I love sitting even when I have the energy to do other things. Bar stools, folding chairs, futons, sofas, and ottomans accentuate my comings and goings, and I’ve long had a knack for turning sturdy planters and low curbs into places to carry things in a pinch. . I don’t think it’s just me. Sitting is so wonderful and I can see why this love has blossomed from an early age for me. I was born with cerebral palsy. The disorder primarily affects the feet, making it difficult to stand or walk for long periods of time without feeling the familiar pain. The same goes for sitting for long periods of time. Therefore, in order to maintain muscle stiffness and balance, I began to alternate between resting and moving, whether I was on the go or at home.
Thanks to the Americans with Disabilities Act, passed in 1990, there are detailed regulations that make it easier to uphold this commitment in public life. Designated parking spaces, easy-to-find elevators, and potholes throughout the sidewalks are just a few examples. It’s a quietly profound inclusion, but a person’s home address is an entirely different challenge. In the absence of laws enforcing accessible design in private spaces, the disabled community typically acts alone.
I interpreted the pitchfork as a cane for climbing the front steps. I used a soap dish as a rock climbing-like grip to pull the rest of my body into the shower. I have leaned on more branches than I can count. But through it all, I usually know I can rely on one constant. That means there’s definitely a place to sit somewhere behind the front door. The criteria for what works best is not that complicated. I prefer a slightly shallower chair or sofa with cushions that don’t sink too far so I can easily stand up in one motion. For this purpose, it should ideally have an arm to hold onto the sofa and be tall enough to support you when you want to relax.
The navy sofa from Living Spaces was a love-at-first-sight purchase, as were the sage green chairs and oak dining table from Article. Every item not only looks stylish, but also allows you to live comfortably in the surrounding environment. That’s the issue of accessibility. When it’s working well, it’s hardly noticeable. And just like cutting a curb to roll a heavy suitcase or using an elevator to carry groceries upstairs, accessible design benefits everyone. I asked six other disabled friends about some of the items they have in their homes that meet this specific requirement of being accessible and stylish. This is their oath.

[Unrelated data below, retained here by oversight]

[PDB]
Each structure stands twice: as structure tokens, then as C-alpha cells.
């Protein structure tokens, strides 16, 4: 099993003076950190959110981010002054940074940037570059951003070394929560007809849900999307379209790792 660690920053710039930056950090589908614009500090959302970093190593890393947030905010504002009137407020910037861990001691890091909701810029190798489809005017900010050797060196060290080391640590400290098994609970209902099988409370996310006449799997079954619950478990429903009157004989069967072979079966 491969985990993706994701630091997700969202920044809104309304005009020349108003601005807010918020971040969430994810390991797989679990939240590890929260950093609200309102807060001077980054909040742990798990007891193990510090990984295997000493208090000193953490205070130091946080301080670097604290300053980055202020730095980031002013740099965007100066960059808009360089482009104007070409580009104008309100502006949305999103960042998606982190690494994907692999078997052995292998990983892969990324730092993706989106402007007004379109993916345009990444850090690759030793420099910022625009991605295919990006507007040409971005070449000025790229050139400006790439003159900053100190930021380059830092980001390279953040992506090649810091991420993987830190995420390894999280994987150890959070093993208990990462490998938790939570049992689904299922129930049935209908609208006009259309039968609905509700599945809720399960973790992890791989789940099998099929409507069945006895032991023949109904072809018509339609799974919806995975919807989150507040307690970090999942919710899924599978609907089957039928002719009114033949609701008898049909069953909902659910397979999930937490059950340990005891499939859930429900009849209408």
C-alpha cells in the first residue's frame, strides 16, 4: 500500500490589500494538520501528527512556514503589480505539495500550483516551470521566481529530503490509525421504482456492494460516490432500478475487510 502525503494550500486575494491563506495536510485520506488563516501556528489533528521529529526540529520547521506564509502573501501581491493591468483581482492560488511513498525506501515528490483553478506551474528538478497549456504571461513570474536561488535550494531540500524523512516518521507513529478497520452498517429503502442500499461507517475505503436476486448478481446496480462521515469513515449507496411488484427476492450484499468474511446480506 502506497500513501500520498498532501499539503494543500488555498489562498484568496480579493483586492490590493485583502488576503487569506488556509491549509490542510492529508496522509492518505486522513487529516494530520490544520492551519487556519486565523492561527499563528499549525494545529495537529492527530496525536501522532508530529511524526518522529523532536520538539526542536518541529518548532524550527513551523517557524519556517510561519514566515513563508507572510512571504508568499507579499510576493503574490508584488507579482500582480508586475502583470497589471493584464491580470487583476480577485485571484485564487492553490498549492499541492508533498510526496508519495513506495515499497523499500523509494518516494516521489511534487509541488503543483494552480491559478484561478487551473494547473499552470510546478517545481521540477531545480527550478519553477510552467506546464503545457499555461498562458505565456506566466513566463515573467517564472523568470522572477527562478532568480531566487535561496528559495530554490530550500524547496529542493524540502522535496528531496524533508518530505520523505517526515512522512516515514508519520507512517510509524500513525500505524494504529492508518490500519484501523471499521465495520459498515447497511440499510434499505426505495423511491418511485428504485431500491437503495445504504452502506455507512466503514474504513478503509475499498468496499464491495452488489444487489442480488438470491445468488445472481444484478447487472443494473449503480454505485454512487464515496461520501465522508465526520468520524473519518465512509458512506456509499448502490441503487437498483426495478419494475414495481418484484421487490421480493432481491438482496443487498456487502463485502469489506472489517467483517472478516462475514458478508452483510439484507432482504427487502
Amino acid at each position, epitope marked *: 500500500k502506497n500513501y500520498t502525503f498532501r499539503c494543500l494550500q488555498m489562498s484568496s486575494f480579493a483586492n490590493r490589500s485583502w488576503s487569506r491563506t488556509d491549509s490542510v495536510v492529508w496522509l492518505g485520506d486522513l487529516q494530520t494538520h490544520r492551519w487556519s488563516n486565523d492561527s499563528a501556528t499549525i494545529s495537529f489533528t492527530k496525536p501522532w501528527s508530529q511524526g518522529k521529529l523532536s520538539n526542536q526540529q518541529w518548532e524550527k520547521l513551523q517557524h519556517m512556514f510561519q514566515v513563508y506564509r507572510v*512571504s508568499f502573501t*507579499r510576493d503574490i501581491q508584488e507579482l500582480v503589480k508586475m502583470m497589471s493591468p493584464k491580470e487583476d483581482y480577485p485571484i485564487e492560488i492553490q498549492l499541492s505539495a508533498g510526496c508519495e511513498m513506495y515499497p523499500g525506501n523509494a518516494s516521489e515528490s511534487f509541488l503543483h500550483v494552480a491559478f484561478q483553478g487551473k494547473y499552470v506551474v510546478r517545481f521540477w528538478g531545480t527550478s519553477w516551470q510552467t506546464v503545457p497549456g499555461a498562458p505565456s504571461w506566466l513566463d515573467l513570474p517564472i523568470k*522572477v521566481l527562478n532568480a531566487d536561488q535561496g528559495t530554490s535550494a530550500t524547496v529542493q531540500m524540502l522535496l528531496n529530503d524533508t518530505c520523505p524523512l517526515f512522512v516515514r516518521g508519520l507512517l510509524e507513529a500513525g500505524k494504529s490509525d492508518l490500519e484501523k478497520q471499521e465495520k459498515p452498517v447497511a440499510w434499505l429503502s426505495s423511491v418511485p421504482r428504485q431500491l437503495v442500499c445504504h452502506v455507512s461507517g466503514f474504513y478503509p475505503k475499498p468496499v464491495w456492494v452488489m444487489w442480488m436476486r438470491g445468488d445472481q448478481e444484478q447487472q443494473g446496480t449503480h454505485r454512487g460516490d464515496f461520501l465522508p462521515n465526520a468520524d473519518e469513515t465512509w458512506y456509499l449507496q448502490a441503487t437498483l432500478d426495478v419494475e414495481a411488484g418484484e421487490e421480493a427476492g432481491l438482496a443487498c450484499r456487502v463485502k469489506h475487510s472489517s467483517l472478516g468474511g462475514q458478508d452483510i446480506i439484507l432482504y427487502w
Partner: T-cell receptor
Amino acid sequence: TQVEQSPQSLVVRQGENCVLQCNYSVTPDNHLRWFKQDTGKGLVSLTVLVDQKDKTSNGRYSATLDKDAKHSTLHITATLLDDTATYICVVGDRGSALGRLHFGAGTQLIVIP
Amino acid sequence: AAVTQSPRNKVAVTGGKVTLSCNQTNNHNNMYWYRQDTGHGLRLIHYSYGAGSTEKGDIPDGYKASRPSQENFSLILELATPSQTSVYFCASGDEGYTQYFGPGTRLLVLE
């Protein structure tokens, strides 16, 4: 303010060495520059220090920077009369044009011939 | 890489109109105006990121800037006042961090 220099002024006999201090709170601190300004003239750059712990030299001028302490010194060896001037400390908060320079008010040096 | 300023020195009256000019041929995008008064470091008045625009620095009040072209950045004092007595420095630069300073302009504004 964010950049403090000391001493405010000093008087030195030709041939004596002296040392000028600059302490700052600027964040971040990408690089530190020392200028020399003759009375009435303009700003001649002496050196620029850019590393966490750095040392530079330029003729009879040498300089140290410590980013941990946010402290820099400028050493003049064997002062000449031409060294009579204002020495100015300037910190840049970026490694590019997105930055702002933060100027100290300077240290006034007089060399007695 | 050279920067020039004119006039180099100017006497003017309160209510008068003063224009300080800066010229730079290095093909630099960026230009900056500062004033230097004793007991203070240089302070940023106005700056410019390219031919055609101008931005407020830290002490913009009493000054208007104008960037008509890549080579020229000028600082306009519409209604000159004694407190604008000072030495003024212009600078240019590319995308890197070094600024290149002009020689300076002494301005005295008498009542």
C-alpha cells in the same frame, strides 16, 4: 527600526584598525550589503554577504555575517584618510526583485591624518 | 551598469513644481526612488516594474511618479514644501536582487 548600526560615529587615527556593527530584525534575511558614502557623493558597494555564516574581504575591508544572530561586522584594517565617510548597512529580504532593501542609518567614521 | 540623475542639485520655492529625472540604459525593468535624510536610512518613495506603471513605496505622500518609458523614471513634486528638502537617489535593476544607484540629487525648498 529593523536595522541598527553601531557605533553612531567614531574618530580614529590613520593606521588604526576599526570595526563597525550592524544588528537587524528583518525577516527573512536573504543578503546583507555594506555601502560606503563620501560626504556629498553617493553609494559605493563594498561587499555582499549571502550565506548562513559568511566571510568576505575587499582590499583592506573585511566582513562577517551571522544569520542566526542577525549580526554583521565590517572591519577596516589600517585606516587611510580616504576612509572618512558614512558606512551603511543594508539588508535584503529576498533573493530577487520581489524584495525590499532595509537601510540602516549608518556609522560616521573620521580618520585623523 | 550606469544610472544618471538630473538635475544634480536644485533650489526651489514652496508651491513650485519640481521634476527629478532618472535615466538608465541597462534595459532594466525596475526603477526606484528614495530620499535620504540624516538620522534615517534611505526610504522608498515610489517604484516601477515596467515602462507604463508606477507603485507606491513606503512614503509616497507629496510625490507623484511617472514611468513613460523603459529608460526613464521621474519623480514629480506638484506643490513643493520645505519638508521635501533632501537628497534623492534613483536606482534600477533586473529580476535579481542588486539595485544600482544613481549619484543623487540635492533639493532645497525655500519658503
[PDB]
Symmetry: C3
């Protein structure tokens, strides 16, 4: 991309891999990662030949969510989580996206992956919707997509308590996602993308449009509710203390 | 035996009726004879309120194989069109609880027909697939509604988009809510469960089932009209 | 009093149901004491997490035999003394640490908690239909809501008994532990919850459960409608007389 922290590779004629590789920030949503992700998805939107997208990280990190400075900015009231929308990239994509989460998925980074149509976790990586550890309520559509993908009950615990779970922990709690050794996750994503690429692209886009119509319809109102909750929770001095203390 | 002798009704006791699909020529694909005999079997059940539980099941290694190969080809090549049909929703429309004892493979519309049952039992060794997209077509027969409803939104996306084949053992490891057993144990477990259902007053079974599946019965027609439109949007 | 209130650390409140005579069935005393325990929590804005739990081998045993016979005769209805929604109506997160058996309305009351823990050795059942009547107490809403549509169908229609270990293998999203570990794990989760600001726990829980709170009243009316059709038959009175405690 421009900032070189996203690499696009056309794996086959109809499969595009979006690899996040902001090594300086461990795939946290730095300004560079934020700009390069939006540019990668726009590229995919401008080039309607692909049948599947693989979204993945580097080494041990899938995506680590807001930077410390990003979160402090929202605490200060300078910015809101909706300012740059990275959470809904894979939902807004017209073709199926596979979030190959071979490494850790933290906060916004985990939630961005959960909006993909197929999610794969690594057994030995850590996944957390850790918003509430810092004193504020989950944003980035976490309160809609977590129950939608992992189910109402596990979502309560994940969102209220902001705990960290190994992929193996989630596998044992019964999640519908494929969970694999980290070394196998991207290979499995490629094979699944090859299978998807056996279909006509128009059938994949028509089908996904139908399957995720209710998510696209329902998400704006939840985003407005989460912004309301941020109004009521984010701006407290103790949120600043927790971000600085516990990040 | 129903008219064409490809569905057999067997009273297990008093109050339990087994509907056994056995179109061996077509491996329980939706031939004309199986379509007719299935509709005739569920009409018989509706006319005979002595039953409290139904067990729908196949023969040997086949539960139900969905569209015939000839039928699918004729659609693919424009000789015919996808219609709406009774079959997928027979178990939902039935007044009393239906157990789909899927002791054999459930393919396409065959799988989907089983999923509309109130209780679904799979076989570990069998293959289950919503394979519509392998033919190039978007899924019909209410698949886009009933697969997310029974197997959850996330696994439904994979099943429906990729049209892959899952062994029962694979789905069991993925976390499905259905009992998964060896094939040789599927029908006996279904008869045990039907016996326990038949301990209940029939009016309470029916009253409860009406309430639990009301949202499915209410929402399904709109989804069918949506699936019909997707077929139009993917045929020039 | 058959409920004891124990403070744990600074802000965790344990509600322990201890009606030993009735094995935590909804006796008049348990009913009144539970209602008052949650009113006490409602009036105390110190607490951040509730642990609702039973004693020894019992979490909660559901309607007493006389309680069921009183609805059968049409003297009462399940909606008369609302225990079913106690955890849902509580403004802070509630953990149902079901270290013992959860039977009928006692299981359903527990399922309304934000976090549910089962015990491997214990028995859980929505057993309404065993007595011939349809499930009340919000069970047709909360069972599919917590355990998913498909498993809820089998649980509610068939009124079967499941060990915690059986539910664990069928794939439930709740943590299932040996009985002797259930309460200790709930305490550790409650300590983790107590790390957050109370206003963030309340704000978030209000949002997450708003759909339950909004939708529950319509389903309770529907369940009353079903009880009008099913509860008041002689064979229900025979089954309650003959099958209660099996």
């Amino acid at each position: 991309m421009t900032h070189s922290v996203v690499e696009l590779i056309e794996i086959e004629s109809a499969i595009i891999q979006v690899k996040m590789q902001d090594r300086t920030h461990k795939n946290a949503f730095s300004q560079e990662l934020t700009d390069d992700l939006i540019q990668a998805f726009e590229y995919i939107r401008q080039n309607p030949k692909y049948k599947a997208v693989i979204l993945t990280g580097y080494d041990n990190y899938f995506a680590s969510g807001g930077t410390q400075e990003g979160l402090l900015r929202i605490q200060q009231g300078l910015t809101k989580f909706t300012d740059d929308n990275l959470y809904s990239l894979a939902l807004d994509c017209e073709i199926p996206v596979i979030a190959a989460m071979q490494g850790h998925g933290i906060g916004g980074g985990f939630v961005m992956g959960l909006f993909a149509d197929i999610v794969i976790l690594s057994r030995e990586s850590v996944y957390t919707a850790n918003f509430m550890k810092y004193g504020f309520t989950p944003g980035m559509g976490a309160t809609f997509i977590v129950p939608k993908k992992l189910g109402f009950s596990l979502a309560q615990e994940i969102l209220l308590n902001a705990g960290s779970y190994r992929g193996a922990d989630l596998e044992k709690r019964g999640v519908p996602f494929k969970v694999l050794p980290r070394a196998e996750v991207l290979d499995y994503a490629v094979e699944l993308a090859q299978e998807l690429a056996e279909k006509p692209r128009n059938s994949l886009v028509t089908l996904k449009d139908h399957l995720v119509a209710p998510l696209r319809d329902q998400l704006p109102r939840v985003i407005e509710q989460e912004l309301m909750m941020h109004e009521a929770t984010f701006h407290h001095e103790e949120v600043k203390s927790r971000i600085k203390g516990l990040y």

“I have a bright turquoise ottoman that looks cute in my space, but it’s not for lounging. I actually use it to put on compression stockings and shoes when I get dressed. I pull my wheelchair up to the ottoman and place my legs and feet on it so it’s easily accessible. When I’m not using the ottoman for accommodation purposes, I use it as a place where someone can sit if they want. Plus, it can be used for storage.” —Emily Rado
“If you use a wheelchair and prefer a retro look, finding a suitable desk can be difficult. The desk I used to have was cute, but didn’t have enough room for my legs to roll underneath. This mid-century hunter green desk took me a while to find, but it has the best of both worlds: style and function.” —Rebecca Taussig
“TOTO’s Washlet is a must-have for IBD accessibility. The heated seat protects you from the cold, the warm water wash provides gentle and precise cleaning, and the adjustable air drying function minimizes irritation. Inflammatory bowel disease… , which makes life difficult in many ways, both in and out of the bathroom, but washlets offer a little comfort.” —Matthew Cortland
“I love the 66-inch daybed that my wife and I bought for our back deck. We lived in a one-bedroom apartment with no outdoor living space for five years, so this was the perfect setup to set it up the way we wanted it.” It was my first chance. It was important to me that this daybed could comfortably accommodate multiple adults when hosting, so I fitted it with custom cushions. Its comfort makes it a convenient daybed to use for long periods of time, as I sometimes feel pain if I sit too long.I work on it, watch movies on the projector, and chat with friends. Honestly, this is one of my favorite pieces of furniture.” —Alayna Leary
“This bath caddy doubles as a bench, and I use it to place products and sit during every shower. I don’t want a large, sterile-looking shower chair that takes up space in a small bathtub. But you need something that’s secure and doesn’t slip too much. And it’s beautiful, that’s the top priority!” — Alex Wegman
“I believe in pull-down closet rods that you can purchase and install in your home or apartment. You get full use of your closet.” —Stephanie Thomas